The Oscars are a reminder that not enough men support the #MeToo movement

Powerful men will remain powerful men, insulated from accusations of assault and protected by industry executives

Linda Yang
Sunday 04 March 2018 12:07 GMT
'The majority of men have been enjoying the limelight while staying mum about the industry’s rampant abuses'
'The majority of men have been enjoying the limelight while staying mum about the industry’s rampant abuses'

While tonight’s Oscars ceremony is a celebration of excellent films, it will also serve as a stark reminder of some of the men of Hollywood’s failure to stand up for their female co-workers' rights.

It’s been recently announced that the Oscars will dedicate a special moment during the ceremony to the #TimesUp movement. Yet while we’ve seen the women of showbusiness tirelessly champion their right to live free from sexual harassment and abuse, the majority of men in Hollywood have not stepped up in the same way to declare alliance with the #MeToo and #TimesUp movements.

Oscar viewers’ first reminder of this will be shown by the E! Network before the ceremony even begins, thanks to their seemingly ubiquitous red carpet host Ryan Seacrest. Last autumn, the host was hit with allegations of sexual harassment and assault but that didn’t stop him from donning a black suit and #TimesUp pin at the Golden Globes in a half-hearted pledge of allegiance.

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Since then, Seacrest’s accuser has come forward with allegations that the network star grabbed her genitals and slapped her butt so hard that it left a visible welt when she worked for him. (Seacrest has denied the allegations.) Following these accusations, and E!’s announcement to keep him as on-air host, it seems that Seacrest, like a certain American President, is immune to allegations of sexual abuse and harassment.

On Sunday night, Seacrest’s mere presence on the Oscars’ red carpet – and his support by both E! and ABC, the network airing the Oscars this year – will set the tone for this year’s awards: Powerful men will remain powerful men, insulated from accusations of assault and protected by industry executives.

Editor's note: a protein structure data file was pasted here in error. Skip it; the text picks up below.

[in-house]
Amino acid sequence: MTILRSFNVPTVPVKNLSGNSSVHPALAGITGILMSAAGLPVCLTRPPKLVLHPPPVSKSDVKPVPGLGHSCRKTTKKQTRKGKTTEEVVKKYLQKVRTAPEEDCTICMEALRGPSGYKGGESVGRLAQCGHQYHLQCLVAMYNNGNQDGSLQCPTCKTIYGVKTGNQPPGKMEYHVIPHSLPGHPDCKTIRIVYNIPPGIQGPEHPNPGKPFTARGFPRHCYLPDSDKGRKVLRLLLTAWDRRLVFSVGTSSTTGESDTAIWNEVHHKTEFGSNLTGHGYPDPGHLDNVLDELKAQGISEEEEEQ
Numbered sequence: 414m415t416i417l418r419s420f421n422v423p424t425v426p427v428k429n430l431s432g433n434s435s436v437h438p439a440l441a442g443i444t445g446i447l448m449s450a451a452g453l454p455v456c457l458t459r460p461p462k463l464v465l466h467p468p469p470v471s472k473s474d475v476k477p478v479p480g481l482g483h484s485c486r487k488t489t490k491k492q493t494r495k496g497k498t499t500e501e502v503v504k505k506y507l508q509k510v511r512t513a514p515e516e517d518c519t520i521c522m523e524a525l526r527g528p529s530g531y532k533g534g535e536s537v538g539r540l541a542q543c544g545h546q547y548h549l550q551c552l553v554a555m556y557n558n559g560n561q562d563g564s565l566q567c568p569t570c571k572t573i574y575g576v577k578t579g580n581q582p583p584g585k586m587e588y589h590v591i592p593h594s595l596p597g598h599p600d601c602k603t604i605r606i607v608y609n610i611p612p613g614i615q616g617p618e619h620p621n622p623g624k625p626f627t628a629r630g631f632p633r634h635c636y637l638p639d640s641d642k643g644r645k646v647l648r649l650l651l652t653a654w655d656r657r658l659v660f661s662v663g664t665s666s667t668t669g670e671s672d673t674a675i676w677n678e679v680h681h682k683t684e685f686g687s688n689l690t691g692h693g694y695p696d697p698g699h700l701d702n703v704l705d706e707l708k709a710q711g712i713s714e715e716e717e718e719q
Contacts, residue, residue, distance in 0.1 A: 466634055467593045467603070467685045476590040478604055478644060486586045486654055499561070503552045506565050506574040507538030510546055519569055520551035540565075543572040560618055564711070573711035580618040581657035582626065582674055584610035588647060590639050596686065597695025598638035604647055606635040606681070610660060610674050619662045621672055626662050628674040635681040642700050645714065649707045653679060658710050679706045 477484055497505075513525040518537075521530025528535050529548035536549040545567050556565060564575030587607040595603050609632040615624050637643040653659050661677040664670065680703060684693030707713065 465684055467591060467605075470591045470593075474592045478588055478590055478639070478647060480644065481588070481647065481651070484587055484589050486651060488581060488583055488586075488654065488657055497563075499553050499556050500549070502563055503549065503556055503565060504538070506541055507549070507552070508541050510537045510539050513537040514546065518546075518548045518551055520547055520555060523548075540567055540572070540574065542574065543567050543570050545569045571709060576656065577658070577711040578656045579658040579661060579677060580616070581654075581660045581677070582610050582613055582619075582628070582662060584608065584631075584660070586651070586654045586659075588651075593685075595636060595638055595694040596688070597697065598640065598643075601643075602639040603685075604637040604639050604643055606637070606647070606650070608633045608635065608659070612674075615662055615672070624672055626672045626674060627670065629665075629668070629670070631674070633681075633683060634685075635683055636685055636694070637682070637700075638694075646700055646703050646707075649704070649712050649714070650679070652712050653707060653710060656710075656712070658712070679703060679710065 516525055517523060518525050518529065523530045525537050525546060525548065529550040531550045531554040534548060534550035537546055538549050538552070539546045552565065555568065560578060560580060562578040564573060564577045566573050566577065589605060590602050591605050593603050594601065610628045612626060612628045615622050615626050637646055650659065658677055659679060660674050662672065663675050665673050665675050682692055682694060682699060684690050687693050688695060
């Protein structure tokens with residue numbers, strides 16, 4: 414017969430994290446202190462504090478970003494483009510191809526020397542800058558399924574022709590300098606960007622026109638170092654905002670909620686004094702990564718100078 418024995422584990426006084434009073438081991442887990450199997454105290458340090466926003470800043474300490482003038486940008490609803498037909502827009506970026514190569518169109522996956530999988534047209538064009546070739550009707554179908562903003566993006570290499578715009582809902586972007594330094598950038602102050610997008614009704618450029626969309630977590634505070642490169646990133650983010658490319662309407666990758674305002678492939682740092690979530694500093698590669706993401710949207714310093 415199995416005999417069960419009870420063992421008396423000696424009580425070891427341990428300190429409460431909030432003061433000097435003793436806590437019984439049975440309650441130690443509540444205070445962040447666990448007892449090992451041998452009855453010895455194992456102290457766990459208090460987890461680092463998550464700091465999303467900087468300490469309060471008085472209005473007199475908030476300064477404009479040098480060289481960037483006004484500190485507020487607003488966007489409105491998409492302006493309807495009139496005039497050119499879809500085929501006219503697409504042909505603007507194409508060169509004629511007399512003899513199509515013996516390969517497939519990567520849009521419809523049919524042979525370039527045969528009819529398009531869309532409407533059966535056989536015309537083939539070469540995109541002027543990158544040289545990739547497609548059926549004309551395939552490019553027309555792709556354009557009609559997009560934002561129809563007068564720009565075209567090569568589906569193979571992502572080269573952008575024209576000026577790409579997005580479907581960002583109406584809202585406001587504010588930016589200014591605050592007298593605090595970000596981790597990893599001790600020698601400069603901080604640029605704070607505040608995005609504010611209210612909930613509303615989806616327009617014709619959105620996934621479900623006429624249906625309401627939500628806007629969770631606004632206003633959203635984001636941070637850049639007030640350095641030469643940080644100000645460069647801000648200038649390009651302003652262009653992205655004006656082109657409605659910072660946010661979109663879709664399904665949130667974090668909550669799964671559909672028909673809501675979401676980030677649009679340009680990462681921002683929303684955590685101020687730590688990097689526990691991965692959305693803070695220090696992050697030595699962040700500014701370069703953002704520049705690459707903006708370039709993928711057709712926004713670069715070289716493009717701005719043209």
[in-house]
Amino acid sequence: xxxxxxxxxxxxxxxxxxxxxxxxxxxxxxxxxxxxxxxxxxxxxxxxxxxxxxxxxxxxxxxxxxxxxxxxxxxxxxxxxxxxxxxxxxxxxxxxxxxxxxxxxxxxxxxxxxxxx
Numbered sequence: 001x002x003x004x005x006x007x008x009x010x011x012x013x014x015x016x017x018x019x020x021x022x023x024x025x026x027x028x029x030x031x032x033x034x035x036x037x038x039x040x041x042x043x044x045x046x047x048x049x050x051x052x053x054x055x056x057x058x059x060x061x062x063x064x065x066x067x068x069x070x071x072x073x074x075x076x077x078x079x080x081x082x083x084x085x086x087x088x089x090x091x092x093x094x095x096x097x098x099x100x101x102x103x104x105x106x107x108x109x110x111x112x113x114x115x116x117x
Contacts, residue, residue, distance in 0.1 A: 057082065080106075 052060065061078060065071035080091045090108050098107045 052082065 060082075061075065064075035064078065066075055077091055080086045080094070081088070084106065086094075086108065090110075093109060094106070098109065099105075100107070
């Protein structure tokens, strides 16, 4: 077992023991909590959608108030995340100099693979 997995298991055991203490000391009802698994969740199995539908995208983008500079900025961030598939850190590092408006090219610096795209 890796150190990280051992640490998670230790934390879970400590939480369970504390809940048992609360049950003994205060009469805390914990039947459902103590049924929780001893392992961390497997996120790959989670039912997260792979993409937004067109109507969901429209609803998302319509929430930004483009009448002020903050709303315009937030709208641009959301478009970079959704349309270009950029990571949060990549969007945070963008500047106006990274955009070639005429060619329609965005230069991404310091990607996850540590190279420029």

Oscars planners have reportedly even tried to dissuade #MeToo and #TimesUp-related protests at the awards ceremony, arguing that the focus should be on the celebration of the nominees' successes. It’s therefore not difficult to assume that male nominees and eventual winners of the night will be tight-lipped about their support of the women-led movements during their acceptance speeches. After all, earlier this awards season, while women and many men wore black to the Golden Globes in solidarity with victims of sexual misconduct, it was only the actresses, many of whom were accompanied by female activist guests, who spoke openly about their decision to wear black on the red carpet.

The majority of the men? They instead milled around, enjoying the limelight while staying mum about the industry’s rampant abuses. It seemed that many of them hoped that their #TimesUp pins would be enough to show their meagre support of a movement that has had worldwide ramifications.

There will likely be more negative revelations after the Oscars, as these movements are ongoing. Aziz Ansari, one of the men who wore a #TimesUp pin at the Golden Globes but didn’t choose to speak about the issues at hand, was later publicly accused of sexual misconduct. Ansari admitted to having a sexual encounter with his accuser but did not admit he had done anything wrong. Five women also later accused James Franco, another pin-wearer, of sexually inappropriate or exploitative behaviour. Franco has denied the allegations.

Justin Timberlake, who also wore a pin, has not been accused of abuse. However, he was criticised for refusing to comment on his previous work with director Woody Allen. Adding insult to injury, it seemed that Timberlake didn’t necessarily know what he was advocating for when he tweeted a photo of him and his wife with the caption "...Damn my wife is so hot #TimesUp #WhyWeWearBlack".

Alexander Skarsgård, who won a Globe for his depiction of a physically violent domestic abuser in HBO’s Pretty Little Lies, and Ewan McGregor both chose to ignore the #MeToo movement and its advocates during their acceptance speeches while donning the nifty #TimesUp pin.

With the announcement of this #TimesUp moment at the Oscars ceremony and the launch of a legal defence fund for accusers, the responsibility for the campaign has shifted from the individuals of Hollywood to the collective group. Now, no individual, namely the individual men of Hollywood, is tasked with standing up and advocating for the rights of their female co-workers, friends and partners. While the men of the Golden Globes attempted to hide their silence behind a #TimesUp pin, the male Oscar nominees will now hide behind a moment dedicated to bringing attention to sexual harassment and abuse.

While the #MeToo movement has brought important issues regarding sexual harassment, abuse, and consent into the spotlight and has spurred similar movements in countless other industries, the Oscars, and the male silence that will surely define it, serve as a reminder that we still have a long way to go.

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